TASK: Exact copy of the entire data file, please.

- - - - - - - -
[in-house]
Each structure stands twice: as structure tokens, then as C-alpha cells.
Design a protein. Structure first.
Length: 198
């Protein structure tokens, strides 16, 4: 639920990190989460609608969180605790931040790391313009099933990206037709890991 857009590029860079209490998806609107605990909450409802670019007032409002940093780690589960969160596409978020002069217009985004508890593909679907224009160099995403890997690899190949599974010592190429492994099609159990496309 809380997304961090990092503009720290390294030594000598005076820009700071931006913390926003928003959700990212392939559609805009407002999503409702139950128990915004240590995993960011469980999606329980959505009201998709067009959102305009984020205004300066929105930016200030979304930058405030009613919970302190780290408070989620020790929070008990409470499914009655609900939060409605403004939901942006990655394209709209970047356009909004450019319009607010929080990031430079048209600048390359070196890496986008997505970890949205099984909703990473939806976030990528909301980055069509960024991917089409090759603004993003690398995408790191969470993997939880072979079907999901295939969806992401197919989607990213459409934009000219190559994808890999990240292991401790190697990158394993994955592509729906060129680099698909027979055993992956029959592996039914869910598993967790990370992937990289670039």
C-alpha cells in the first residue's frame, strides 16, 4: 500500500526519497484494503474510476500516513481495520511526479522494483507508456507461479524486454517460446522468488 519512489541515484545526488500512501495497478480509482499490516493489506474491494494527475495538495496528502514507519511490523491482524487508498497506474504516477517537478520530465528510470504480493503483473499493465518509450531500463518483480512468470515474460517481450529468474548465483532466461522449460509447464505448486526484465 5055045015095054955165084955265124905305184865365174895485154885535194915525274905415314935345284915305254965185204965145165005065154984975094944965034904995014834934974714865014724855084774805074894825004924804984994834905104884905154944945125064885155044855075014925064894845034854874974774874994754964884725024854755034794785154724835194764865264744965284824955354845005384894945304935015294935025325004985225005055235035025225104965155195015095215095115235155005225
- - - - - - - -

[in-house]
Each structure stands twice: as structure tokens, then as C-alpha cells.
Design a protein. Structure first.
Length: 198
């Protein structure tokens, strides 16, 4: 639920990190989460609608969180605790931040790391313009099933990206037709890991 857009590029860079209490998806609107605990909450409802670019007032409002940093780690589960969160596409978020002069217009985004508890593909679907224009160099995403890997690899190949599974010592190429492994099609159990496309 809380997304961090990092503009720290390294030594000598005076820009700071931006913390926003928003959700990212392939559609805009407002999503409702139950128990915004240590995993960011469980999606329980959505009201998709067009959102305009984020205004300066929105930016200030979304930058405030009613919970302190780290408070989620020790929070008990409470499914009655609900939060409605403004939901942006990655394209709209970047356009909004450019319009607010929080990031430079048209600048390359070196890496986008997505970890949205099984909703990473939806976030990528909301980055069509960024991917089409090759603004993003690398995408790191969470993997939880072979079907999901295939969806992401197919989607990213459409934009000219190559994808890999990240292991401790190697990158394993994955592509729906060129680099698909027979055993992956029959592996039914869910598993967790990370992937990289670039």
C-alpha cells in the first residue's frame, strides 16, 4: 500500500526519497484494503474510476500516513481495520511526479522494483507508456507461479524486454517460446522468488 519512489541515484545526488500512501495497478480509482499490516493489506474491494494527475495538495496528502514507519511490523491482524487508498497506474504516477517537478520530465528510470504480493503483473499493465518509450531500463518483480512468470515474460517481450529468474548465483532466461522449460509447464505448486526484465 5055045015095054955165084955265124905305184865365174895485154885535194915525274905415314935345284915305254965185204965145165005065154984975094944965034904995014834934974714865014724855084774805074894825004924804984994834905104884905154944945125064885155044855075014925064894845034854874974774874994754964884725024854755034794785154724835194764865264744965284824955354845005384894945304935015294935025325004985225005055235035025225104965155195015095215095115235155005225